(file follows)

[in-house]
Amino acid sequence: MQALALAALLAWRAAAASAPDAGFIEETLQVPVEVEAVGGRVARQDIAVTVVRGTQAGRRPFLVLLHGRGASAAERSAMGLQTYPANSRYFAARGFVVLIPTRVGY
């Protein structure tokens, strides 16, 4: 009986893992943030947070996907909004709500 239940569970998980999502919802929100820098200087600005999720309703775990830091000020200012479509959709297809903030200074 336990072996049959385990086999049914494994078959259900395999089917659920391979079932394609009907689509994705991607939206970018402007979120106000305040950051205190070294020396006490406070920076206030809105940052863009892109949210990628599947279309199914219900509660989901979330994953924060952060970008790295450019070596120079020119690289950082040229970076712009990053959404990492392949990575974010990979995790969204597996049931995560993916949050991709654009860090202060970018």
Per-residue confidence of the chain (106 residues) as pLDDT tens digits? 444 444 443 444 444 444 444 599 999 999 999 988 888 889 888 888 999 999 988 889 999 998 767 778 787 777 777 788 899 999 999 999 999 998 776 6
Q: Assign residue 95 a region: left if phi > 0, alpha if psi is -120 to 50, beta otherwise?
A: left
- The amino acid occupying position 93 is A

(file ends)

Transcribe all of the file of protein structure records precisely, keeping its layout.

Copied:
[in-house]
Amino acid sequence: MQALALAALLAWRAAAASAPDAGFIEETLQVPVEVEAVGGRVARQDIAVTVVRGTQAGRRPFLVLLHGRGASAAERSAMGLQTYPANSRYFAARGFVVLIPTRVGY
């Protein structure tokens, strides 16, 4: 009986893992943030947070996907909004709500 239940569970998980999502919802929100820098200087600005999720309703775990830091000020200012479509959709297809903030200074 336990072996049959385990086999049914494994078959259900395999089917659920391979079932394609009907689509994705991607939206970018402007979120106000305040950051205190070294020396006490406070920076206030809105940052863009892109949210990628599947279309199914219900509660989901979330994953924060952060970008790295450019070596120079020119690289950082040229970076712009990053959404990492392949990575974010990979995790969204597996049931995560993916949050991709654009860090202060970018």
Per-residue confidence of the chain (106 residues) as pLDDT tens digits? 444 444 443 444 444 444 444 599 999 999 999 988 888 889 888 888 999 999 988 889 999 998 767 778 787 777 777 788 899 999 999 999 999 998 776 6
Q: Assign residue 95 a region: left if phi > 0, alpha if psi is -120 to 50, beta otherwise?
A: left
- The amino acid occupying position 93 is A